Water Exploration in the Solar System: The Restless Hunt for Life
Tuesday, 12 Sep 2017 at 8:00 pm – Great Hall, Memorial UnionEssam Heggy is a planetary scientist at the University of Southern California Viterbi School of Engineering and a Rosetta co-investigator at the NASA Jet Propulsion Laboratory. He will discuss methods being used to explore possible subsurface aquifers and ice deposits on Mars as well as NASA’s and the European Space Agency's future plans to probe subsurface water on the red planet and Jupiter’s icy moons. Heggy is currently a member of several science teams conducting experiments on board the ESA’s Mars Express Orbiter and Rosetta Mission; the Chandrayaan-1, India’s first lunar mission; and NASA’s Lunar Reconnaissance Orbiter.
Essam Heggy obtained both a Master's and PhD in astronomy and astrophysics, with a major in space and planetary sciences, with distinguished honors from the Sorbonne-UPMC Paris University in France.
Before Joining USC, he was a research scientist in the Radar Science Group at the NASA Jet Propulsion Laboratory and Visiting Associate in Geology at the California Institute of Technology; (tenured) associated professor of geophysics at the Institute of Earth Physics in Paris, France, and a visiting scientist at the NASA Johnson Space Center and the Lunar and Planetary Institute in Houston, Texas.
Heggy is currently a member of the science team of the MARSIS instrument aboard the Mars Express Orbiter, the Mini-SAR experiment aboard Chandrayaan-1, the Mini-RF experiment on board the Lunar Reconnaissance Orbiter and the CONSERT radar experiment on board the Rosetta mission. He is also a contributing scientist to several proposed planetary and terrestrial radar imaging and soundings experiments and participated in several NASA radar mission concept design.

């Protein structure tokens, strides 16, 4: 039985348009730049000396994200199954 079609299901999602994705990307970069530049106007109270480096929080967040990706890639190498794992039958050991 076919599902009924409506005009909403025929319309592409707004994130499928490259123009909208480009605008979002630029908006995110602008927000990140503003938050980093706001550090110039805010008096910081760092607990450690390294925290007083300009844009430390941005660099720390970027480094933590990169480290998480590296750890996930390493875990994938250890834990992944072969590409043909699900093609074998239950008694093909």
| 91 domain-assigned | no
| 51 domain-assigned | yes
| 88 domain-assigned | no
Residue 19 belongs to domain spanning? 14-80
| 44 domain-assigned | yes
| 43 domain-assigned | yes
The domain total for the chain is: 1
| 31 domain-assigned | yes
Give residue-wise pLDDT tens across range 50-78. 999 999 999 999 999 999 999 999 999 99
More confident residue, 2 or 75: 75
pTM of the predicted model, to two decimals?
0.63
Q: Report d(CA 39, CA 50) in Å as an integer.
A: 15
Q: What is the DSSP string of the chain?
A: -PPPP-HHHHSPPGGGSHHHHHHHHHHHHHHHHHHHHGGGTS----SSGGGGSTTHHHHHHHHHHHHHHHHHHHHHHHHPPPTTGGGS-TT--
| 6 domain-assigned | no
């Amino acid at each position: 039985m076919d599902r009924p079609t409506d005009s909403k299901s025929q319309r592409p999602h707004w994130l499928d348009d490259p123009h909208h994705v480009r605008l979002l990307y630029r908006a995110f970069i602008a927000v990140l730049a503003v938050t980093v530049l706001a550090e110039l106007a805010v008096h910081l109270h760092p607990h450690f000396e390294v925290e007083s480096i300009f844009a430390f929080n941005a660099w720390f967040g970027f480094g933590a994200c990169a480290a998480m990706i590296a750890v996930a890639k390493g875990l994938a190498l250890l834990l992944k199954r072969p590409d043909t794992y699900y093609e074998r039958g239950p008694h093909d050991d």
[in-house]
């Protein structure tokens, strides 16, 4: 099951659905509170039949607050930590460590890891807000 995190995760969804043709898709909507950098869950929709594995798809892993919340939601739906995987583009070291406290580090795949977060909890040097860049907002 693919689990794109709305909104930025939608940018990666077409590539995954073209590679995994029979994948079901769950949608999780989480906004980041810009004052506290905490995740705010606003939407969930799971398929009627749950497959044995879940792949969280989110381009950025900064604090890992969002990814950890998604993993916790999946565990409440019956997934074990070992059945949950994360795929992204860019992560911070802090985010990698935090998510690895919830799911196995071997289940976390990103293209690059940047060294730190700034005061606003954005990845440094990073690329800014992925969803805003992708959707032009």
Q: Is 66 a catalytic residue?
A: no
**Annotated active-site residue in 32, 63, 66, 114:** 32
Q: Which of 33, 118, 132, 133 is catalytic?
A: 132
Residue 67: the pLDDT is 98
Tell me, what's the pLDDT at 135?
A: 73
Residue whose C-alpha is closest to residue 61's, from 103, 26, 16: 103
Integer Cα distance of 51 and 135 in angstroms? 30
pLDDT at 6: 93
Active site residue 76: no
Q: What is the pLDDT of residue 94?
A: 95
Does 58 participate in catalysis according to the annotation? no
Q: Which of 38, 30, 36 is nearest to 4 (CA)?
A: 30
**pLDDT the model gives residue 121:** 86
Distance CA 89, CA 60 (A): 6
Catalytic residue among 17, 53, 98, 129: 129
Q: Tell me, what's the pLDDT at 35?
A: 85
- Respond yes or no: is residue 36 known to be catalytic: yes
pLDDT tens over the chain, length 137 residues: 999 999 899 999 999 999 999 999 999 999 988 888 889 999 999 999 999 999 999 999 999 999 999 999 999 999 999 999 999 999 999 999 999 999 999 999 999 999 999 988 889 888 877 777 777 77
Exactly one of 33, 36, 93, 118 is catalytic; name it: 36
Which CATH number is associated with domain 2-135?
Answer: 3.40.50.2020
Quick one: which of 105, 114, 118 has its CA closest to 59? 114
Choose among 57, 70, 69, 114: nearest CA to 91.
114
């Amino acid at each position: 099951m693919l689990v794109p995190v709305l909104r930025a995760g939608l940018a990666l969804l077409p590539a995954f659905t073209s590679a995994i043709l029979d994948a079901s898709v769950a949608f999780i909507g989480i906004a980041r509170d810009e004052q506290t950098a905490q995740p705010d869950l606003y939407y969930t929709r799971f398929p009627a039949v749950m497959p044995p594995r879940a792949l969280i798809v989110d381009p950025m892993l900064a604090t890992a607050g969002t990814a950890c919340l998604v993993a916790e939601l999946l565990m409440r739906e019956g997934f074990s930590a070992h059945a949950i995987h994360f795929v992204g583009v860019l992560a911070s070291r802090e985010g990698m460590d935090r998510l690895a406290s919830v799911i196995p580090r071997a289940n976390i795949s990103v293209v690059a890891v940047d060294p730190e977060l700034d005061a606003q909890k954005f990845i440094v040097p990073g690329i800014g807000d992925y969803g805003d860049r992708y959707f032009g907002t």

- Aerospace Engineering
- College of Engineering
- College of Liberal Arts and Sciences
- Egyptian Student Association
- Geological & Atmospheric Sciences
- Physics & Astronomy
- Committee on Lectures (funded by Student Government)
Stay for the entire event, including the brief question-and-answer session that follows the formal presentation. Most events run 75 minutes.
Sign-ins are after the event concludes. For lectures in the Memorial Union, go to the information desk in the Main Lounge. In other academic buildings, look for signage outside the auditorium.
- Stay for the entire lecture and the brief audience Q&A. If a student needs to leave early, he or she should sit near the back and exit discreetly.
- Do not bring food or uncovered drinks into the lecture.
- Check with Lectures staff before taking photographs or recording any portion of the event. There are often restrictions. Cell phones, tablets and laptops may be used to take notes or for class assignments.
- Keep questions or comments brief and concise to allow as many as possible.